A chat and a laugh on the outfield, iftar, maghrib and finally cricket in the Emirates during Ramadan

Holy month is one of the busiest times of the year with matches going on until 2am

As match preparations go, these are far more chilled than the norm.

There are no frenetic fielding drills. No bowling at a set of stumps, to a helper with a catching mitt returning the ball.

The din of balls being crashed into walls by batsmen getting their eye in with throw-downs is conspicuously absent.

Instead, players sit together on chairs or on the outfield, and chat and laugh.

Then, when the clock ticks over to 6.47pm, they settle down on the grass together, eat from boxes that have been laid out for iftar, and drink water and fruit juice.

After breaking their fasts, they undertake maghrib prayers. Then, just as the last of the players roll up their prayer mats, the umpires head out to the middle before calling “play”.

This 7.15pm fixture between two of the country’s leading teams – MGM Cricket Club and Pacific Group – is the only match at Sharjah Cricket Stadium this evening, but that is rare. Ramadan is a busy time for cricket.

The 32nd Sharjah Ramadan Cup generally has two matches per night, the first starting just after iftar, and the second at 10.30pm.

The late games finish about 2am, by which time the players’ thoughts might already be turning towards suhoor, the pre-dawn meal eaten just before sunrise.

If players do not have a fixture here, then they will likely have one somewhere else, in Ajman, or Batayeh, or Al Dhaid.

According to Nabil Afridi, a player and administrator for MGM Cricket Club, the holy month was packed with cricket.

“Ramadan is the most eagerly awaited season, where every player wants to play,” Afridi says.

“There is so much cricket during Ramadan. Everywhere you look, there are two matches happening [per night] at every ground.

“One match will start straight after iftar. It is not challenging for the players at all, to be honest.

“They love reaching the ground before the fast ends, and break their fast together. It is a unique experience. Everybody is waiting for it.

“Tournament organisers put on a lot more tournaments during Ramadan because they know they will get a lot more teams wanting to play. Everybody loves to play at this time of year.”

Conventional wisdom suggests that fasting during the day could have a detrimental effect on a sportsman’s performance.

However, international players such as Hashim Amla and Moeen Ali have often reported improved results during Ramadan.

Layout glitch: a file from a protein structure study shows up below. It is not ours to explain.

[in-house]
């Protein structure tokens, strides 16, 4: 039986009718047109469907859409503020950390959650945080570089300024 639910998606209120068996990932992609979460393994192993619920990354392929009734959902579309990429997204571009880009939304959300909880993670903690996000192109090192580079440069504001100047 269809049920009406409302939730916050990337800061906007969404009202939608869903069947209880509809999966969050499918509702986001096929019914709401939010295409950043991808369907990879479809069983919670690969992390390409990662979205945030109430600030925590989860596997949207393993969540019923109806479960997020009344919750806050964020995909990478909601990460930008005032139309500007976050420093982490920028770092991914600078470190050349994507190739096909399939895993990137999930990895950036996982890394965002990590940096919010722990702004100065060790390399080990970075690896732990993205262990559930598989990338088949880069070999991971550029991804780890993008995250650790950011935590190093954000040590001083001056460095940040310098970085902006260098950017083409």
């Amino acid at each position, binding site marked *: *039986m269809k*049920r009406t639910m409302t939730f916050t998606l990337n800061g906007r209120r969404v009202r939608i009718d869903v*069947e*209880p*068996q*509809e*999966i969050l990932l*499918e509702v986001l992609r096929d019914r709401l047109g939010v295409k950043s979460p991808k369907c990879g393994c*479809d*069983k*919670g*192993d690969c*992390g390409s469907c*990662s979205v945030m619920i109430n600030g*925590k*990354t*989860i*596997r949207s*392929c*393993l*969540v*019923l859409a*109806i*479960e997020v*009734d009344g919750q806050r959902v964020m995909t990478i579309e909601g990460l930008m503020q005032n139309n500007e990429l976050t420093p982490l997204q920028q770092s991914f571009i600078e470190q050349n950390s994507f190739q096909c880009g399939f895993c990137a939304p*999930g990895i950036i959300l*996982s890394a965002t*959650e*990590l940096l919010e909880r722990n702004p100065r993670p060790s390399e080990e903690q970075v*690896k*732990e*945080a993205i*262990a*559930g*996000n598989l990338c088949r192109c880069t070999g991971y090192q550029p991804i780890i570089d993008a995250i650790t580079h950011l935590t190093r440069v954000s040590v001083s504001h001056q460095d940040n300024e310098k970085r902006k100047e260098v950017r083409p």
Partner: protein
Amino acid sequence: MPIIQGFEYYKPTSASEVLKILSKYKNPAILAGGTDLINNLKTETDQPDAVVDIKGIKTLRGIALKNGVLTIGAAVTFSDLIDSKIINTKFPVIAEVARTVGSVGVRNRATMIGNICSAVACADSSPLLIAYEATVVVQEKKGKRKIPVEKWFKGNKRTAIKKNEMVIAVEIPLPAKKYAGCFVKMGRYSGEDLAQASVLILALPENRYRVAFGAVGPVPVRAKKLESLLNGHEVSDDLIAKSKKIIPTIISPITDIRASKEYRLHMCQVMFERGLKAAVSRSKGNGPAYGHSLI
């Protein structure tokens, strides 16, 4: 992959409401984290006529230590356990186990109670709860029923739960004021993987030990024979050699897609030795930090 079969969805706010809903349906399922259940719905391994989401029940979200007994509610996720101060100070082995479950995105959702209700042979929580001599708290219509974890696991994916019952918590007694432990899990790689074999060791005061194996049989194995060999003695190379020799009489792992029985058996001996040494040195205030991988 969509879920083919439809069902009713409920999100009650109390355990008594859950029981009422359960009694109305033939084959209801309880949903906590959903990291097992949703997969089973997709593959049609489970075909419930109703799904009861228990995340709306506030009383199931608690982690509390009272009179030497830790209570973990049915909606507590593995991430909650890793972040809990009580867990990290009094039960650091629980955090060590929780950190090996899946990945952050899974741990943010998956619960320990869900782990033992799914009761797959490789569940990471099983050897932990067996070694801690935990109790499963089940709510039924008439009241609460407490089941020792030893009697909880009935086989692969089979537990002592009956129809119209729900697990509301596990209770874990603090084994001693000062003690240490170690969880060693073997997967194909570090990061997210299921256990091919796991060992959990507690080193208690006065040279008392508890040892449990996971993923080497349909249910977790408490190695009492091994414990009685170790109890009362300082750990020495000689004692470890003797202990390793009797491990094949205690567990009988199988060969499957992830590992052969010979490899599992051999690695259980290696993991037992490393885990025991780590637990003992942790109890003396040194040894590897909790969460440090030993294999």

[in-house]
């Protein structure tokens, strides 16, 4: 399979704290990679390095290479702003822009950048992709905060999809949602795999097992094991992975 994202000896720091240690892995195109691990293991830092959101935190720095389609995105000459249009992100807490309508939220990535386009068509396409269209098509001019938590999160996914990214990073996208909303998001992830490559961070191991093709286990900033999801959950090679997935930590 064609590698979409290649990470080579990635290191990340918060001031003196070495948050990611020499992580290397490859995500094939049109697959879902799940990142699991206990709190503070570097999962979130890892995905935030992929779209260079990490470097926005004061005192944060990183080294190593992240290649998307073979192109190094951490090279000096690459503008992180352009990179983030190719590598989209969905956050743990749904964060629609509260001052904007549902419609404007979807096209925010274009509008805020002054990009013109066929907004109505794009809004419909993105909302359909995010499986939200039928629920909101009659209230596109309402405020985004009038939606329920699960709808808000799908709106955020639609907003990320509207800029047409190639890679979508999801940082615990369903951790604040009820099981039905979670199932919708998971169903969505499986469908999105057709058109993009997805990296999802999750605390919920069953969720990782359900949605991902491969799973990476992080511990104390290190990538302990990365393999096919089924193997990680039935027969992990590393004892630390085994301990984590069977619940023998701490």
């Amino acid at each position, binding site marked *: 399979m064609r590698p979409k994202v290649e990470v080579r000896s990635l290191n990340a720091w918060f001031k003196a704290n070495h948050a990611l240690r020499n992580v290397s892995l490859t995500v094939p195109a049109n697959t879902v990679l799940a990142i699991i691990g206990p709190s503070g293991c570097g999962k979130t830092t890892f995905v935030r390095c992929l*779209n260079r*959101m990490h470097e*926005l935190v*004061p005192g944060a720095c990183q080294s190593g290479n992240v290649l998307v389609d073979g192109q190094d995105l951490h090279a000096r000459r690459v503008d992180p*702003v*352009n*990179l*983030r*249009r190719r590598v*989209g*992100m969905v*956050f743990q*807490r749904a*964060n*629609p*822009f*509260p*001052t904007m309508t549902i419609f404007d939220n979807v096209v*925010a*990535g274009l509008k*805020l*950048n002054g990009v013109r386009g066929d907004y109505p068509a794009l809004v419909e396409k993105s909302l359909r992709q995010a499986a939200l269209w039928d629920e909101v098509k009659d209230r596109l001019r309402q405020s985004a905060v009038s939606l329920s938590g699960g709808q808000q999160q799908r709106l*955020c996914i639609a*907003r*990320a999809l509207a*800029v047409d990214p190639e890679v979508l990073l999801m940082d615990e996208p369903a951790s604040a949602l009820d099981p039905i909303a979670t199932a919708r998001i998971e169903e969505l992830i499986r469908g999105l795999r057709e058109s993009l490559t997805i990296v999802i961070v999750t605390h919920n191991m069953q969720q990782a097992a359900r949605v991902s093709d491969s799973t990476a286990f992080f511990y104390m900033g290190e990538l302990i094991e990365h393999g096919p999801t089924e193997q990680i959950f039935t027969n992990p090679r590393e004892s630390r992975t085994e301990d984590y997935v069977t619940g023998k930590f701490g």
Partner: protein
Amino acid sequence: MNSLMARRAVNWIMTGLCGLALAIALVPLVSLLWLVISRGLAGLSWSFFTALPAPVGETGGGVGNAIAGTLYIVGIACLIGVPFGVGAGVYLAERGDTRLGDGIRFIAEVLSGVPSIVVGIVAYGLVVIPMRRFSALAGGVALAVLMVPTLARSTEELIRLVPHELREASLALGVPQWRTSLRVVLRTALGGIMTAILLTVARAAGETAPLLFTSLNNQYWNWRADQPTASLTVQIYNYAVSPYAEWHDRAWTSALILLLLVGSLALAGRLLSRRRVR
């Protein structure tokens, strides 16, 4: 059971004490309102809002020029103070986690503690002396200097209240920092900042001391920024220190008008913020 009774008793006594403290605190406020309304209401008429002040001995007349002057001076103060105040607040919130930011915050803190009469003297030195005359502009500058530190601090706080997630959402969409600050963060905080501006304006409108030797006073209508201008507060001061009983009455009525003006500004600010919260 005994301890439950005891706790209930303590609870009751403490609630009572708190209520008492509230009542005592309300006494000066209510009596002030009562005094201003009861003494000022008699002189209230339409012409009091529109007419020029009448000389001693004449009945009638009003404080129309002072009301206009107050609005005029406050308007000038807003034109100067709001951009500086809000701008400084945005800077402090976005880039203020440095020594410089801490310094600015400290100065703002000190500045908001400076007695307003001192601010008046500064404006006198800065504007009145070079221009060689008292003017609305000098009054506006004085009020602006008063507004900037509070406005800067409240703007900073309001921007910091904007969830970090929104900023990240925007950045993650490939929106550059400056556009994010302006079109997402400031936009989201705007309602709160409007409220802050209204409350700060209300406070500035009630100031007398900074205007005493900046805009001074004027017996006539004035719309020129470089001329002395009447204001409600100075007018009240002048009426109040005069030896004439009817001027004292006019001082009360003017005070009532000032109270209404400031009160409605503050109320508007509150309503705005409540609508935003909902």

“If you notice when Pakistan were playing against South Africa, and now against Zimbabwe, how well [Mohammed] Rizwan did,” Afridi says.

“He has been fasting while playing. It is a spiritual thing that hits you from inside, and gives you motivation to take your game to another level.

“It helps us, even for amateur cricketers.”

So it proves in this fixture, too. Mohammed Wasim, the batsman who has been taking domestic cricket by storm in recent times, goes out to bat first after iftar – and he clicks straight into the usual routine.

He blazes 69 from 41 balls for Pacific Group, and the game is as good as over before it has really begun.

His teammates revel in his success, which is another feature of cricket during Ramadan. Because the players break their fasts as a team, they say they are closer knit than ever.

“It is different, and it is not easy to start playing directly after eating your food,” says Hamdan Tahir, the Pacific Group wicketkeeper.

“But we have to manage, because it is the peak time of cricket.”

At 17, Hamdan is still getting to grips with the routine of fasting during the day, then playing late-night cricket.

“After the first one or two fasting days, we have a good idea what to do,” he says.

“If the game starts at 7.15pm, we try to drink as much liquid as we can, then eat fruit.

"The food we get is after the game, so we don’t feel heavy when we are playing during the game.

“Liquid and fruits gives us all the energy we need during the game.

“We are having food every day together, sharing in that experience.

“Some days it might be me bringing the food. Other days it might be someone else. It becomes a daily routine and we are like a family now.”

Updated: April 29, 2021 11:10 AM


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